NHS bosses have apologised to the widow of an 89-year-old stroke victim who died after being turned away from hospital because it was too LATE on a Friday afternoon.
John Mallalieu was just minutes from treatment when an ambulance was diverted 14 miles because staff had gone HOME for the weekend.
Nurses told wife Ruth 84, that her husband could not be admitted to the stroke unit because they would be arriving after 5pm and a consultant was “going away for the weekend.”
As a result the frail pensioner was left in intensive care at Nottingham’s City Hospital – after being turned away from Kings Mill Hospital, in Mansfield, Notts.
The delay meant the grandfather-of three was not seen for almost an hour after his stroke and he died two days later on December 8 after suffering a blood clot to the brain.
East Midlands Ambulance Service (EMAS) and Sherwood Forest Hospitals NHS Trust issued an apology to his devastated widow.
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They blamed the blunder on “organisational issues” at the 999 control centre but admitted the retired vet had been “failed” by the NHS.
Ambulance bosses also agreed there were “unacceptable delays” in transferring him to the right hospital for treatment and claimed lessons had been learned from the tragedy.
But his heartbroken wife of 57 years yesterday branded the apology “not good enough” and said she was still disgusted by their actions.
Mrs Mallalieu, from Caunton, Notts., said: “Of course I’m not happy – they keep apologising, but that doesn’t really help.
“They went through their response with me and said their service wasn’t good enough.
“I’m still disgusted. You don’t want to see someone else go through this.
“It could have been different if they were on time. It was heartbreaking to go through.
“It’s hard living without him when you have been together for 58 years.”
At the time furious Ruth accused the hospital of treating her husband like an animal after an ambulance was forced to take the 25-minute detour, which took almost hour.
She added: “My husband was a vet and he never turned away a cat, a dog or a horse at weekends.
“He worked 24/7 and for four years he never had a holiday.
“He paid his taxes all of his life and when he most needed the NHS they have let him down.”
NHS bosses launching their formal investigation, because the stroke department at King’s Mill is supposed to stay open until 6pm.
The hospital said that had Mr Mallalieu arrived at the hospital it would have taken over an hour to ‘thrombolyse’ him, which would have taken them past the contracted opening times for the department.
Thrombolysis is an injection that can break down of blood clots, which in Mr Mallalieu’s case was later found to have caused the stroke.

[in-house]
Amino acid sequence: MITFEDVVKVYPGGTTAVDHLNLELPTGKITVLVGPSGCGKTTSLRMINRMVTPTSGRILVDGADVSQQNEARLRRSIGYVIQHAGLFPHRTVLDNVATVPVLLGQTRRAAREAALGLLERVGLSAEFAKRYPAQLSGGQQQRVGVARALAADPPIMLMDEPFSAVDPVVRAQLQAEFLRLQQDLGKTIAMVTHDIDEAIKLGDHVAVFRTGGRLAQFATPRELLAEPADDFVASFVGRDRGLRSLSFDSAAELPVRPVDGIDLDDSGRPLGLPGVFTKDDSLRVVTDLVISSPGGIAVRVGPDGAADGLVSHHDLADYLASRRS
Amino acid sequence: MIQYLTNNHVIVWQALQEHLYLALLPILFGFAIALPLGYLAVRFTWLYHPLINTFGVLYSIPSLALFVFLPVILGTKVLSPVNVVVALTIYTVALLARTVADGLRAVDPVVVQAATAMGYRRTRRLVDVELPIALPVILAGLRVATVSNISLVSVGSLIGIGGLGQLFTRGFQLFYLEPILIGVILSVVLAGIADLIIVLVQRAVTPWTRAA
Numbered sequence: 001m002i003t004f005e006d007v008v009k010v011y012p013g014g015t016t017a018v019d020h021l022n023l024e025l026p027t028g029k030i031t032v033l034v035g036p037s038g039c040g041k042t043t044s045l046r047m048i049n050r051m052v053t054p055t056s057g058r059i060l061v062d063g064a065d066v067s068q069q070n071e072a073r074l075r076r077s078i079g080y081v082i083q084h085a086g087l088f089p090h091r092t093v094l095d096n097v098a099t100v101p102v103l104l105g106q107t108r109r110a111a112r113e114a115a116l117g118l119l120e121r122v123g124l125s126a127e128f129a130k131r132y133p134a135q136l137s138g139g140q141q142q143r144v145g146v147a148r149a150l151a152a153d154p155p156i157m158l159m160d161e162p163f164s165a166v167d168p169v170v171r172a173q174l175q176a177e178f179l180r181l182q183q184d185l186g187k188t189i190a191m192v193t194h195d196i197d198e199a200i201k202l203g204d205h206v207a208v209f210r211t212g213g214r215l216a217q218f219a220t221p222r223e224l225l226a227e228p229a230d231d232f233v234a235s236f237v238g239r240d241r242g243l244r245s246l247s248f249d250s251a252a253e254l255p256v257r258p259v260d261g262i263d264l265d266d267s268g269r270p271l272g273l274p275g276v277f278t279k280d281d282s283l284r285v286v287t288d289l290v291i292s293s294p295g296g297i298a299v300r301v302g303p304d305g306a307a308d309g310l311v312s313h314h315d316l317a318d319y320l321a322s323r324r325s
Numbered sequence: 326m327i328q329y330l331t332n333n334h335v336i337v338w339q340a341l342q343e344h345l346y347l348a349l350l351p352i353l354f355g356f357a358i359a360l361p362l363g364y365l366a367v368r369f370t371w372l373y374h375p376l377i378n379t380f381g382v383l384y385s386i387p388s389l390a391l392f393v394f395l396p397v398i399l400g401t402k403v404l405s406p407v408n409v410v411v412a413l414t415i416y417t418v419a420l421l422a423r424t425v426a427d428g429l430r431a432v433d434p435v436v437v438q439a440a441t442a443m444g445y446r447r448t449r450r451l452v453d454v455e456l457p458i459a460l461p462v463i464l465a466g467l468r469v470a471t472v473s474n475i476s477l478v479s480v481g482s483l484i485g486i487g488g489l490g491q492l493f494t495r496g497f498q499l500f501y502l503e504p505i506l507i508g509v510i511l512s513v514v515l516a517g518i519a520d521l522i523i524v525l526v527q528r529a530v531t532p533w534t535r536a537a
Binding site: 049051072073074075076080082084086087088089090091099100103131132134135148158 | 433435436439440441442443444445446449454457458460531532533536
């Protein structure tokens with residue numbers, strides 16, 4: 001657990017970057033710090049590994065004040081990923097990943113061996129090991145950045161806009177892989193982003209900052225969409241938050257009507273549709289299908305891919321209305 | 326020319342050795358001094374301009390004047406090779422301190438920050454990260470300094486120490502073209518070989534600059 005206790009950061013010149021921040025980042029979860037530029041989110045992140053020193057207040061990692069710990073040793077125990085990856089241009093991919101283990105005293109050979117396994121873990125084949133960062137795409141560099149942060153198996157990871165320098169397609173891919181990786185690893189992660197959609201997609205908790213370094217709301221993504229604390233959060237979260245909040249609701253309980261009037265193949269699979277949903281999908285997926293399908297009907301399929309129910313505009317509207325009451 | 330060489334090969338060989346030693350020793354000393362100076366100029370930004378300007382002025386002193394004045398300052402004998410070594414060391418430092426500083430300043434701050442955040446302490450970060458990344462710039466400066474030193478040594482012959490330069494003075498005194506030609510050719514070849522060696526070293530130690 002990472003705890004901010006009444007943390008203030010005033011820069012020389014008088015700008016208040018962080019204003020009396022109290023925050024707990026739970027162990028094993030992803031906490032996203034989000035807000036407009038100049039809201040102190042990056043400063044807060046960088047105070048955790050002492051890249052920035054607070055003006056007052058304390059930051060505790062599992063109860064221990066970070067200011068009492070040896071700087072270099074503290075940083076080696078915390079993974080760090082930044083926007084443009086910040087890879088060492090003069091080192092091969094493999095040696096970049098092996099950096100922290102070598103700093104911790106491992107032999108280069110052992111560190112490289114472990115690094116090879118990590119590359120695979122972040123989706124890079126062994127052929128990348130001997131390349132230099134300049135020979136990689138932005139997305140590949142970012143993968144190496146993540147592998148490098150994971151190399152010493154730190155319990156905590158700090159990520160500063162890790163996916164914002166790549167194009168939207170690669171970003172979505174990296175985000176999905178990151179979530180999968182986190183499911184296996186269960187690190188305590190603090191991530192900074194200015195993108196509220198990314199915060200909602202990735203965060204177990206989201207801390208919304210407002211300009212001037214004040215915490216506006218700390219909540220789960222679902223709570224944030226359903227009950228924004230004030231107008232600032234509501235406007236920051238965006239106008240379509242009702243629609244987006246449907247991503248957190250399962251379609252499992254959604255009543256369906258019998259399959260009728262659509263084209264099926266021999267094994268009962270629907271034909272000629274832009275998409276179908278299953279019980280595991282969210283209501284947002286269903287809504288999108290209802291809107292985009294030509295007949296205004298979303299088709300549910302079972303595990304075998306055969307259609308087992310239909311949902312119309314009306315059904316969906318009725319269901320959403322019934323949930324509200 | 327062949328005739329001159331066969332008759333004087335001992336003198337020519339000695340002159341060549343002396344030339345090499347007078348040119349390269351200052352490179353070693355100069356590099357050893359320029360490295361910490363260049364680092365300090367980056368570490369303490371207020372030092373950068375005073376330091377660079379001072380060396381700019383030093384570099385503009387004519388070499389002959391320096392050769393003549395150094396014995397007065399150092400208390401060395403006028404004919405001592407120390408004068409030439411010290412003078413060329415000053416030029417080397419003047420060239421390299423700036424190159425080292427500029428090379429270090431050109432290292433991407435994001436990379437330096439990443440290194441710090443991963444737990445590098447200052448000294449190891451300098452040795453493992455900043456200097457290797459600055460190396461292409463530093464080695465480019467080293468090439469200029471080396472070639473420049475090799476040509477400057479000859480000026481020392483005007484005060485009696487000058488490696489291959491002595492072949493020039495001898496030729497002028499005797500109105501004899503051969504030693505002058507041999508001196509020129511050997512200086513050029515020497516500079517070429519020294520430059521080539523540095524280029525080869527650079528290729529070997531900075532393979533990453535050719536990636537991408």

Richard Henderson, Director of Operations at EMAS said: “It is clear that our service was not to the high standard that it should have been on the day, and I am very sorry about this.
“I have met with Mrs Mallalieu and members of her family, and I have apologised to them in person and explained the changes we have since made to improve our ambulance services.
“EMAS is a learning and improving organisation. We care about the experience of our patients and their carers, and we always act on what they tell us.
“I would like to assure local people that since this happened in December 2013, we have made many changes to improve our services.
“We have 110 more front-line staff on duty compared with last year, more ambulances on the road, and improved arrangements in dispatch so that our staff are better trained and supported.
“We have been meeting our emergency response targets since the middle of March 2014, and every day we are getting to even more patients, more quickly.”
EMAS director of operations Richard Henderson added: “I, along with the chief executive (Sue Noyes), went to the home address of Mrs Mallalieu and apologised in person unreservedly.
“We have made changes to the way we operate and work in partnership with Sherwood Forest Hospitals to make sure there’s no repeat of this.”
Sherwood Forest Hospitals NHS Trust, which runs King’s Mill, has admitted officials should have told the ambulance service to take Mr Mallalieu to City Hospital in the first place.
Paul O’Connor, chief executive of Sherwood Forest Hospitals, added: “It is clear that Mr Mallalieu was failed by the NHS and on behalf of Sherwood Forest Hospitals I offer my sincere apologies for the distress caused.
“We are always seeking to improve our services so that our patients experience the very best care and we have now installed a direct telephone line to the stroke unit.
“Ambulance crews speak directly to our stroke team for all suspected strokes, which will improve the speed of communication around accepting or diverting patients.
“It will also allow our specialist staff to offer advice and guidance to ambulance crews.”